An editorial about Space Shuttle Discovery’s launch
The following is part of an editorial that appears in today’s New York Times. I think you’ll find it interesting.
“The apparently successful launch of the shuttle Discovery is cause for restrained jubilation. The astronauts are not out of danger yet. Only further inspections will tell whether their fragile vehicle sustained any significant damage on ascent. . . .
The striking thing about this shuttle flight is that the most important task is simply survival—of both the vehicle and the astronauts who are riding in it.
“The space program has been brought to this state by the disastrous loss of the shuttle Columbia in 2003 and the failure to fully eliminate the foam-shedding problem that caused that accident, despite three years of trying. In recent weeks, NASA decided to go ahead with the launch anyway so as to get started on the remaining 16 flights needed to complete the international space station before the aging shuttles are retired for good in 2010. . . .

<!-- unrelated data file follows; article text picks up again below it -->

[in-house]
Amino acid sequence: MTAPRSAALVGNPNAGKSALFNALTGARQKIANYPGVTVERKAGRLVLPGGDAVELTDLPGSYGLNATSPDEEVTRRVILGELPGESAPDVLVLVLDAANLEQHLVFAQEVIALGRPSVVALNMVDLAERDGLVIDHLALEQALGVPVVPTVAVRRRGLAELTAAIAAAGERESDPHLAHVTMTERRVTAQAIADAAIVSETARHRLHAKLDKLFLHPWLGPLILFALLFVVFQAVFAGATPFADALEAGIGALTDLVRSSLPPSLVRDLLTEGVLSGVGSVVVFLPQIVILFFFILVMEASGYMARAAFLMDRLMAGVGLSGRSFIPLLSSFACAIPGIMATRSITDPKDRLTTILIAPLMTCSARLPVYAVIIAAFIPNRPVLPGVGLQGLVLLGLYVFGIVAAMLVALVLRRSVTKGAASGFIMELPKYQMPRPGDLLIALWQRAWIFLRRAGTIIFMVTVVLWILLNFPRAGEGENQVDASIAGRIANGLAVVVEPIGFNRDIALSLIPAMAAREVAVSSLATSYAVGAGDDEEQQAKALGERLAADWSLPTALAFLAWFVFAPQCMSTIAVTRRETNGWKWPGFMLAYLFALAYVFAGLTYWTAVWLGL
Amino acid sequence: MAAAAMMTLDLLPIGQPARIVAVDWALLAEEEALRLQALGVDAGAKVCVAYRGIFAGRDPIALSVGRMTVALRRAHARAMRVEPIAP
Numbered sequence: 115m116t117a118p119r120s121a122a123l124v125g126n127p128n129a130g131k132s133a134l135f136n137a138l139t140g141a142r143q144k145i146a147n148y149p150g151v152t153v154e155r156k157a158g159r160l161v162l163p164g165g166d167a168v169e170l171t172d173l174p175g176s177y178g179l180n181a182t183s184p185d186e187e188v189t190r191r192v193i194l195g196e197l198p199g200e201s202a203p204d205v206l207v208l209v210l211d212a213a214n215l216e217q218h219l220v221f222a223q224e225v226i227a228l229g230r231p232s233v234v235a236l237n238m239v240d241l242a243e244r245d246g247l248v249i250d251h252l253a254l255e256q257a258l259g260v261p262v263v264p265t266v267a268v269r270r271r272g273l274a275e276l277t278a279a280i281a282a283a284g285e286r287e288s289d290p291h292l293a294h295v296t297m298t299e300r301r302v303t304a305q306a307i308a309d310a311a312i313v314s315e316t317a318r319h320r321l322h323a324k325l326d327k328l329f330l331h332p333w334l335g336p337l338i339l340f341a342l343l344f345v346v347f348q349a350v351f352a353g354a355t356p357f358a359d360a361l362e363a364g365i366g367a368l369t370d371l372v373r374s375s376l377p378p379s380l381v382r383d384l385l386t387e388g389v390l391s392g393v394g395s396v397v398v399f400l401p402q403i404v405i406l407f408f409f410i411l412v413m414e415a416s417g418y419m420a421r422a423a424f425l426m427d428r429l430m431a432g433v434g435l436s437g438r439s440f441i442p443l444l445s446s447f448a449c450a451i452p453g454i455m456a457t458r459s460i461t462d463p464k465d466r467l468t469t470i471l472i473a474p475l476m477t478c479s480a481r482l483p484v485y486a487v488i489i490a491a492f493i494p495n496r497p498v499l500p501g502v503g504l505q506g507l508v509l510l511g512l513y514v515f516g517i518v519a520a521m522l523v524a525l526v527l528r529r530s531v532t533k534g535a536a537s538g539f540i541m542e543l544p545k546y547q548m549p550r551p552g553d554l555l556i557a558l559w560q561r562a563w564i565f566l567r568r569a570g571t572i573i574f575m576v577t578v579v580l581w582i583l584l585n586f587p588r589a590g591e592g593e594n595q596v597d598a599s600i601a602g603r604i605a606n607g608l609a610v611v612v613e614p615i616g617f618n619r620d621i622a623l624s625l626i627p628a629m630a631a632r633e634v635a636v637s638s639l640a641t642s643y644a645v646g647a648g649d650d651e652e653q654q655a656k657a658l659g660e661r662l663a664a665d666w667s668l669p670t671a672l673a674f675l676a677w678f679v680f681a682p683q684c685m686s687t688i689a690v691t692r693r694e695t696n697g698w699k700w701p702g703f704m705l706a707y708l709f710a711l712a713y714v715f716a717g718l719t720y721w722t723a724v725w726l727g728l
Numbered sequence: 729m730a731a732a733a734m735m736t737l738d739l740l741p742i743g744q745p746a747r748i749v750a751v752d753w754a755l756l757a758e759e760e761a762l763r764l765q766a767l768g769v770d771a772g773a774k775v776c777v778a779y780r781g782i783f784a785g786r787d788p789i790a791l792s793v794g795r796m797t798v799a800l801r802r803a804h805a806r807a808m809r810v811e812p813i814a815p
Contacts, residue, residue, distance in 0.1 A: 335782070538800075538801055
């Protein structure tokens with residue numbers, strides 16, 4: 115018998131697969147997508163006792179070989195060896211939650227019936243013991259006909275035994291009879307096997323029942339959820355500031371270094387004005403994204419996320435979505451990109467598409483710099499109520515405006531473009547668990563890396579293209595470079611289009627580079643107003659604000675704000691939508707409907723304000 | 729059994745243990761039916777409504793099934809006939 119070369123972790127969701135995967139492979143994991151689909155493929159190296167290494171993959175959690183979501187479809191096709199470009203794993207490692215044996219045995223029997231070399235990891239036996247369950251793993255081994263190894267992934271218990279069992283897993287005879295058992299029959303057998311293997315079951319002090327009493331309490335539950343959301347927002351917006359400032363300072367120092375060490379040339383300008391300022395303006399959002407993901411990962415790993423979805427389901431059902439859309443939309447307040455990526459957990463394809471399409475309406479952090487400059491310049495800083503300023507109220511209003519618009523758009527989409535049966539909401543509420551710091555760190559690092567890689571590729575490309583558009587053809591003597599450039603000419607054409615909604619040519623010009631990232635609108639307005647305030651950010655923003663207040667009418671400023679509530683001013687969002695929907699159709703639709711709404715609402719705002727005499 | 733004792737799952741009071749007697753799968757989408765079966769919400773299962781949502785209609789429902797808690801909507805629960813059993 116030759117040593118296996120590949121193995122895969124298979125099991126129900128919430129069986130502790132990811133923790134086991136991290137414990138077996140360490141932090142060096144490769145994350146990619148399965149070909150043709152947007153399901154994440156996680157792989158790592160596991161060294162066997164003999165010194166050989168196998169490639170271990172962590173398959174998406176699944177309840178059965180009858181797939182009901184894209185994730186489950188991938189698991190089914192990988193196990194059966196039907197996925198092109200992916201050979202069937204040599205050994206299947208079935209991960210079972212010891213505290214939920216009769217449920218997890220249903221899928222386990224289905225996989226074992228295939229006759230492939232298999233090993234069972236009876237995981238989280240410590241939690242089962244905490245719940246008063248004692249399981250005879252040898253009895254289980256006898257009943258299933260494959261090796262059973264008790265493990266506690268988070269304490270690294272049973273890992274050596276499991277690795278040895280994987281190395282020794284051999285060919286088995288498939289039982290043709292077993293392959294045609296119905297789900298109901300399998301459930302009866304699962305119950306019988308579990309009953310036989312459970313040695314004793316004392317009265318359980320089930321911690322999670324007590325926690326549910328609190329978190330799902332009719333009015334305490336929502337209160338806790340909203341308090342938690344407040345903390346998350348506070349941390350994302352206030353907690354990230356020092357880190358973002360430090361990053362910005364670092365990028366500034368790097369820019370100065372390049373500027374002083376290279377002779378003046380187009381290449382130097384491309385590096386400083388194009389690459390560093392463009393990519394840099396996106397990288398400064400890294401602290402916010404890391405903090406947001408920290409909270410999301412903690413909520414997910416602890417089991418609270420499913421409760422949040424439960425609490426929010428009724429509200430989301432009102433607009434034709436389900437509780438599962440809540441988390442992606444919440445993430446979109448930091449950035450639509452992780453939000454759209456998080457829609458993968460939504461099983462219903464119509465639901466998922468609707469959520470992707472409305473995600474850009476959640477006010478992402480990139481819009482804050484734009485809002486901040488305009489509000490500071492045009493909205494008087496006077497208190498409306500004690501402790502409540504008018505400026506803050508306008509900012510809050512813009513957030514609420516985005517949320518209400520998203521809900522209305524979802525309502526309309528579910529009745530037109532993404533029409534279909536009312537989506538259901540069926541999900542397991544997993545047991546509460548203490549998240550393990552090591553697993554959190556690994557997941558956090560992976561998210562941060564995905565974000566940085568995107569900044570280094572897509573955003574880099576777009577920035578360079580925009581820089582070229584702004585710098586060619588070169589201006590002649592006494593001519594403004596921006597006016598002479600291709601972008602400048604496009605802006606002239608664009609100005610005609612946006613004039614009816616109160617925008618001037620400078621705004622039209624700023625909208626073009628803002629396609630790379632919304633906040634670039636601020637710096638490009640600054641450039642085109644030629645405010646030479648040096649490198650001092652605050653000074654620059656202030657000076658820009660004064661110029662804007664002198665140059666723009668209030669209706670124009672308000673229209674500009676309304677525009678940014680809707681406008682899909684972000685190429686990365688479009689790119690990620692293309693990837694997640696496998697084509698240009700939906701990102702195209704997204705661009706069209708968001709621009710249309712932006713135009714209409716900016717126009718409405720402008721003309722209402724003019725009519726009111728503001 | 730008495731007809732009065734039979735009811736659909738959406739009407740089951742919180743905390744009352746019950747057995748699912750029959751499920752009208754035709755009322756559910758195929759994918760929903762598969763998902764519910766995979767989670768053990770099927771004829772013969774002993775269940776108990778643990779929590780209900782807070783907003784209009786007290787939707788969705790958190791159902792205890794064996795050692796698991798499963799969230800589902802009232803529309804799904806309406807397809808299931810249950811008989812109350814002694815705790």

“By far the most important work on this flight involves ensuring the survival of the crew. Should any damage be found that would prevent returning to Earth, the astronauts would be transferred to the crowded space station to await rescue by another shuttle or by Russian space vehicles. The astronauts might conceivably try to repair the damage in orbit, although that seems less likely given the rudimentary capacity for such repairs.
“Their scheduled activities include testing the stability of the long extension boom as a platform for shuttle repairs and, if there is time, testing methods to repair damaged shield segments in space. The astronauts are clearly only learning how to repair a damaged shuttle and may not be ready to do it in a crisis.
“The fate of the shuttle program may depend on whether Discovery returns to Earth safely. Michael Griffin, the NASA administrator, has said he would try to shut the program down if another vehicle is lost. That would end all hope of completing the space station and of sending up a final mission to extend the life of the Hubble Space Telescope, NASA’s most productive scientific instrument.”